Analysis of Glassy Landscapes Using Diffusion Maps
Carmeline Dsilva, Princeton University
The glass transition is one of the most puzzling phenomena in solid-state physics. Molecular motion slows dramatically, and yet, unlike in crystallization, the molecules do not assume a unique, ordered structure. The links between the detailed structure and connectivity of a system’s potential energy surface and this dynamical slowdown are the subject of intense exploration and speculation.
We explore the structure of the glass potential energy landscape using diffusion maps, a nonlinear dimensionality reduction technique. Through molecular dynamics simulations, we collect data about the minima (or “basins”) and saddles (“transition states”) of the glass energy landscape. We then analyze the resulting network of basins and transition states using diffusion maps, trying to obtain a low-dimensional embedding of the energy landscape and to search for persistent connectivity patterns in the discovered network of minima.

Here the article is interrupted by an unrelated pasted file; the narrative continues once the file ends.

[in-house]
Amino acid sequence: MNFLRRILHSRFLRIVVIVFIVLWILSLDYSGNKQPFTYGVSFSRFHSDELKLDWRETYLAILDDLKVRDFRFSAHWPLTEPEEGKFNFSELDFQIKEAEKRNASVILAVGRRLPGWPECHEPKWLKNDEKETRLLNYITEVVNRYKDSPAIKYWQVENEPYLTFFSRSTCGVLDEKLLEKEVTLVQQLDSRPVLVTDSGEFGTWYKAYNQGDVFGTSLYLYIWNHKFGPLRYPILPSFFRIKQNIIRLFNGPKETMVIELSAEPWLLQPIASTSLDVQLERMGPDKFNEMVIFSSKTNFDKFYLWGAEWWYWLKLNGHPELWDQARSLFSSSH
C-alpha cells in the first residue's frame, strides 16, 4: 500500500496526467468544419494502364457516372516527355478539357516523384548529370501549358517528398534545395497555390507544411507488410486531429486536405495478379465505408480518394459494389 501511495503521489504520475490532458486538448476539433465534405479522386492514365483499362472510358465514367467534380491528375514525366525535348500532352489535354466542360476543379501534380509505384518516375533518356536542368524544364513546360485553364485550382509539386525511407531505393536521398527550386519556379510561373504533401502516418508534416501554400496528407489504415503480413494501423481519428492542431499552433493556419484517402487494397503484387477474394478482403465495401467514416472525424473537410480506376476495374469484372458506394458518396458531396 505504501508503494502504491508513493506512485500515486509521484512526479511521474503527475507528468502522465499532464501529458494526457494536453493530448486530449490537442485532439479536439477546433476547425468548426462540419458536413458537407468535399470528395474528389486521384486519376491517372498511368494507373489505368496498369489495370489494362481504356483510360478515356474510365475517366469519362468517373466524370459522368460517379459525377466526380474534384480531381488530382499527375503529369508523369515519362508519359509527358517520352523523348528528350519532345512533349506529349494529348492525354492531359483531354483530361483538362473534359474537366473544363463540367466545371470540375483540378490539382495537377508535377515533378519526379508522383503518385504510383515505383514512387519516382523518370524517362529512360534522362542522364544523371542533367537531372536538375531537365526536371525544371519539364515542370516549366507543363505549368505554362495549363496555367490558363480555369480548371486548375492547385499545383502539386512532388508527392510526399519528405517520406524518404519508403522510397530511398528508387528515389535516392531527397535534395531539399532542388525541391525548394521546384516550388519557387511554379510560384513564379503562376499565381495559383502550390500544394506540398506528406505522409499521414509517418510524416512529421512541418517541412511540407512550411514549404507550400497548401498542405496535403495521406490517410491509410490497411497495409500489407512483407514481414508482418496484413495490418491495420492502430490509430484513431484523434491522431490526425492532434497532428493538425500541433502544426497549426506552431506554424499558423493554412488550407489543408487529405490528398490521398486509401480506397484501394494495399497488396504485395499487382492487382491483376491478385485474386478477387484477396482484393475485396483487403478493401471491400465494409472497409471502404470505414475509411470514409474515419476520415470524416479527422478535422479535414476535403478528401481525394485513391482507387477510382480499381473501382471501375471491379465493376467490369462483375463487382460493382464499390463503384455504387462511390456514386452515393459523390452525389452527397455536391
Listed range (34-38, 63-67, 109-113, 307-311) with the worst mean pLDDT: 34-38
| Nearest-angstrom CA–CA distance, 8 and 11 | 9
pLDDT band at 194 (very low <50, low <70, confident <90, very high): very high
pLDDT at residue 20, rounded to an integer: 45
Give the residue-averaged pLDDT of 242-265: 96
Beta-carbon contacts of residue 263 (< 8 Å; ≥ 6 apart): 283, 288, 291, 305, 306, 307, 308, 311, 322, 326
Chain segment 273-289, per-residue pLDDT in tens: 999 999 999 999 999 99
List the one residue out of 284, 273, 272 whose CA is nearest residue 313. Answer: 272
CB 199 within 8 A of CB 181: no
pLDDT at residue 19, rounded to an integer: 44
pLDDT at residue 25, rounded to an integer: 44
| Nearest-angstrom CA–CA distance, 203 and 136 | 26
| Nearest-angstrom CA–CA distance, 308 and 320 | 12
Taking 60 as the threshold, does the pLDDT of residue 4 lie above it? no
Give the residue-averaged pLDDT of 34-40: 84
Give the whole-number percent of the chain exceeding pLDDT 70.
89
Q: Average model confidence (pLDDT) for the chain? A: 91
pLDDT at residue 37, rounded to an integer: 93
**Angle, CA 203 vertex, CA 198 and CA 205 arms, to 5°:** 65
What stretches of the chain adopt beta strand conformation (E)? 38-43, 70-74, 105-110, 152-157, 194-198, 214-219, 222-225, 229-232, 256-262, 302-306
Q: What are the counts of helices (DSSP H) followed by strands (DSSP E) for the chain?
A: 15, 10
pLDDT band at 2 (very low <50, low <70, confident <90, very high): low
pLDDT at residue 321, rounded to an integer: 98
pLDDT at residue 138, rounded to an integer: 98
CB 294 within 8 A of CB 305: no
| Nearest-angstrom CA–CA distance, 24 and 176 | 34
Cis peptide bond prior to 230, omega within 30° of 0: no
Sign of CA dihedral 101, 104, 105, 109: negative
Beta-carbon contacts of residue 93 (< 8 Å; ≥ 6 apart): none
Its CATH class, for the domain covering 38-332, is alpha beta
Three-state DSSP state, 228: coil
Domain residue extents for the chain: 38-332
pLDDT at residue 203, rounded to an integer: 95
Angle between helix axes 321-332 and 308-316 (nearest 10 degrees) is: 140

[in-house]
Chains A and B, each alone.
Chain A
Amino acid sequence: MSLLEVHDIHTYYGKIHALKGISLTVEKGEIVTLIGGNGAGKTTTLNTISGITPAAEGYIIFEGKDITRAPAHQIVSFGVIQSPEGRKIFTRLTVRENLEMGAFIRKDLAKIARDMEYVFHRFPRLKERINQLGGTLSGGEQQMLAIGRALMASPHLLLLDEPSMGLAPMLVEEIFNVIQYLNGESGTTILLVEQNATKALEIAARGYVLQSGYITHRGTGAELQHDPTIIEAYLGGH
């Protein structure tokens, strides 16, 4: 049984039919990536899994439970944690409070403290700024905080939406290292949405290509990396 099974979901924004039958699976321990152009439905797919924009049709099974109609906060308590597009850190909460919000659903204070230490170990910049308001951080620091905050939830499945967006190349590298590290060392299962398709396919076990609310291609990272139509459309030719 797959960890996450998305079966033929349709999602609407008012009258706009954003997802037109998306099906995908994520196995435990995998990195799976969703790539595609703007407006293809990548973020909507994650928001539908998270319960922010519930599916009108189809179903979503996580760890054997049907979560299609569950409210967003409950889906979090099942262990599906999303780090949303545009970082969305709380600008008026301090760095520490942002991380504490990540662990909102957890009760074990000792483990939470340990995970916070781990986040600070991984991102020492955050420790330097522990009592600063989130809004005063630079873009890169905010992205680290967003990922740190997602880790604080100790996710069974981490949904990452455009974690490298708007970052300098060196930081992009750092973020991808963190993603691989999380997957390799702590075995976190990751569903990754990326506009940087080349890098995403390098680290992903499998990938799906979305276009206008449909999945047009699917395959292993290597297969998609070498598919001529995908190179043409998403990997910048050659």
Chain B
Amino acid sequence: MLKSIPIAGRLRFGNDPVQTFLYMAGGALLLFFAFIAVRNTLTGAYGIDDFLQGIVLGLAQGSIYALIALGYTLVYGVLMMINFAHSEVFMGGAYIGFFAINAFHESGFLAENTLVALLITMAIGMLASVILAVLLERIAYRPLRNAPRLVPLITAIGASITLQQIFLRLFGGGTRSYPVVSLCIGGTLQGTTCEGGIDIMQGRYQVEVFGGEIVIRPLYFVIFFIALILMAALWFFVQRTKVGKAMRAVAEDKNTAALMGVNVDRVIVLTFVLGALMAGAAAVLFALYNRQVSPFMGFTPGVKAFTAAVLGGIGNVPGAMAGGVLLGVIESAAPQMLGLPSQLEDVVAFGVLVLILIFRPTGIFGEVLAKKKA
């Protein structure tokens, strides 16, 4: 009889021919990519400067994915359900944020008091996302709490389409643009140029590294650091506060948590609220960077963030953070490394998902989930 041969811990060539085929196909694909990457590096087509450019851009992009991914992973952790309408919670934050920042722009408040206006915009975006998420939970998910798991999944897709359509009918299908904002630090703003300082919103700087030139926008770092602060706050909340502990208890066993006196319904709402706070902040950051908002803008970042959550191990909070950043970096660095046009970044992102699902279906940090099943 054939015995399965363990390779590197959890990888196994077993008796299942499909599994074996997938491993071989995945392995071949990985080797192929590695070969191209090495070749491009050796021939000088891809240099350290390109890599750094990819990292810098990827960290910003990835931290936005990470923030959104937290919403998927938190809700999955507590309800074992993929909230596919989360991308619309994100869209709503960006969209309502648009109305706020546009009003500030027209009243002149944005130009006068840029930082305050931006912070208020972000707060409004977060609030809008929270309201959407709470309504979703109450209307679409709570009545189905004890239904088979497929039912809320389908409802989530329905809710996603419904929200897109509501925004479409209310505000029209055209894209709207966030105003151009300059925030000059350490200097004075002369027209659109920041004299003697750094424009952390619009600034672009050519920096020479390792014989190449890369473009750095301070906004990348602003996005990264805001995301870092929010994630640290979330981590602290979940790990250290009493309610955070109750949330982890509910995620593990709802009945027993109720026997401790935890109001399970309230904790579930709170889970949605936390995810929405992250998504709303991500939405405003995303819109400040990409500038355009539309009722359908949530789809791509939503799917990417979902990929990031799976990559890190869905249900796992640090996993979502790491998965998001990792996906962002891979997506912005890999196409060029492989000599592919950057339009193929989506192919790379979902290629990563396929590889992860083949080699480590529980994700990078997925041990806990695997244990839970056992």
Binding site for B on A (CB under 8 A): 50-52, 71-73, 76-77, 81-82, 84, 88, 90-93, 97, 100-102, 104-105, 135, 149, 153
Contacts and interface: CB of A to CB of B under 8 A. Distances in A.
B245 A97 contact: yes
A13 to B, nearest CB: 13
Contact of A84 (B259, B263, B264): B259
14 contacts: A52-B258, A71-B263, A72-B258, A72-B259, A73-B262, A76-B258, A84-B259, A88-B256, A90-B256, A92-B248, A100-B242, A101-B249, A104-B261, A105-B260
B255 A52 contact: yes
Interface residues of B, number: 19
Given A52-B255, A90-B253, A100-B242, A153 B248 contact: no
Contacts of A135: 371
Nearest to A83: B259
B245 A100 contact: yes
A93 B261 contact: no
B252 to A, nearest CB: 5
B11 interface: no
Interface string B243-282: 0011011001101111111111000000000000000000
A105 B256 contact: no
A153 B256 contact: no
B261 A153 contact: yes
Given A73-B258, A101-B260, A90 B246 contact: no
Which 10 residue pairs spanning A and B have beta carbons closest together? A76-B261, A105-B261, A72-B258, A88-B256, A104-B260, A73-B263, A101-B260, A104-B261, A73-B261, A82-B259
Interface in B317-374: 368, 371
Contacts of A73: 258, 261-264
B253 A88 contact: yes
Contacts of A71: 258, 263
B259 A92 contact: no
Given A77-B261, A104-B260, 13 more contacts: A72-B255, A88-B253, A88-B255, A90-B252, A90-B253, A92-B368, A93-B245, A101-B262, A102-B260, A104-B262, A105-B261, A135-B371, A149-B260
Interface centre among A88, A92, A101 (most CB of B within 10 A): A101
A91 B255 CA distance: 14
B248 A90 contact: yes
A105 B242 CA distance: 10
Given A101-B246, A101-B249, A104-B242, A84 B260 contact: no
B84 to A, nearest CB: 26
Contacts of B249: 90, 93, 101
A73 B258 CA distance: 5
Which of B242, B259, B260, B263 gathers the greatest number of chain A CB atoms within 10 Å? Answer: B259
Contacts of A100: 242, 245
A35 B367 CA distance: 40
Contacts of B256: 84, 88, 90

Abstract Author(s): Carmeline J. Dsilva, Ioannis G. Kevrekidis